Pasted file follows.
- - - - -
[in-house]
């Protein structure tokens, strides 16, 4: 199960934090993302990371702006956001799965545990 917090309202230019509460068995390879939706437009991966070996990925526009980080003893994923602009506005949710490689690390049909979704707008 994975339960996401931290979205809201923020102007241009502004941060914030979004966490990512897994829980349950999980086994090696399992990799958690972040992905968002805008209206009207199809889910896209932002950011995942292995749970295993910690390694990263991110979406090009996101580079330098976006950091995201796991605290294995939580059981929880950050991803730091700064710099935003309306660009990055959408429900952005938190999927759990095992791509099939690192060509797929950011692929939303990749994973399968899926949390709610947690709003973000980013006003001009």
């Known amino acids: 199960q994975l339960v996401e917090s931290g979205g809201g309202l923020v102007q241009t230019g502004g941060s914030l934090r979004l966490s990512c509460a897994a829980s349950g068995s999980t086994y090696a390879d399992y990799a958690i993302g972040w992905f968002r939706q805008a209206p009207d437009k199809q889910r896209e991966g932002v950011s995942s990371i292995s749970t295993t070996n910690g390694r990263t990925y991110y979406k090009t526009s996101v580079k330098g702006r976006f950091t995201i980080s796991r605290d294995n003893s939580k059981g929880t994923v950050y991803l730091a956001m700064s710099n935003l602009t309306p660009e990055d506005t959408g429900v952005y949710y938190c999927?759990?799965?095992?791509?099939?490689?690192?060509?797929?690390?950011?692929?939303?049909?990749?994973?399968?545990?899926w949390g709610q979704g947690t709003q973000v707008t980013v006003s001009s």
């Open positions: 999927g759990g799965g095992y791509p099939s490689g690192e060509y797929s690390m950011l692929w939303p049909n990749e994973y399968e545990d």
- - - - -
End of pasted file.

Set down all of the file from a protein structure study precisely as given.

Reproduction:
[in-house]
């Protein structure tokens, strides 16, 4: 199960934090993302990371702006956001799965545990 917090309202230019509460068995390879939706437009991966070996990925526009980080003893994923602009506005949710490689690390049909979704707008 994975339960996401931290979205809201923020102007241009502004941060914030979004966490990512897994829980349950999980086994090696399992990799958690972040992905968002805008209206009207199809889910896209932002950011995942292995749970295993910690390694990263991110979406090009996101580079330098976006950091995201796991605290294995939580059981929880950050991803730091700064710099935003309306660009990055959408429900952005938190999927759990095992791509099939690192060509797929950011692929939303990749994973399968899926949390709610947690709003973000980013006003001009």
């Known amino acids: 199960q994975l339960v996401e917090s931290g979205g809201g309202l923020v102007q241009t230019g502004g941060s914030l934090r979004l966490s990512c509460a897994a829980s349950g068995s999980t086994y090696a390879d399992y990799a958690i993302g972040w992905f968002r939706q805008a209206p009207d437009k199809q889910r896209e991966g932002v950011s995942s990371i292995s749970t295993t070996n910690g390694r990263t990925y991110y979406k090009t526009s996101v580079k330098g702006r976006f950091t995201i980080s796991r605290d294995n003893s939580k059981g929880t994923v950050y991803l730091a956001m700064s710099n935003l602009t309306p660009e990055d506005t959408g429900v952005y949710y938190c999927?759990?799965?095992?791509?099939?490689?690192?060509?797929?690390?950011?692929?939303?049909?990749?994973?399968?545990?899926w949390g709610q979704g947690t709003q973000v707008t980013v006003s001009s």
């Open positions: 999927g759990g799965g095992y791509p099939s490689g690192e060509y797929s690390m950011l692929w939303p049909n990749e994973y399968e545990d």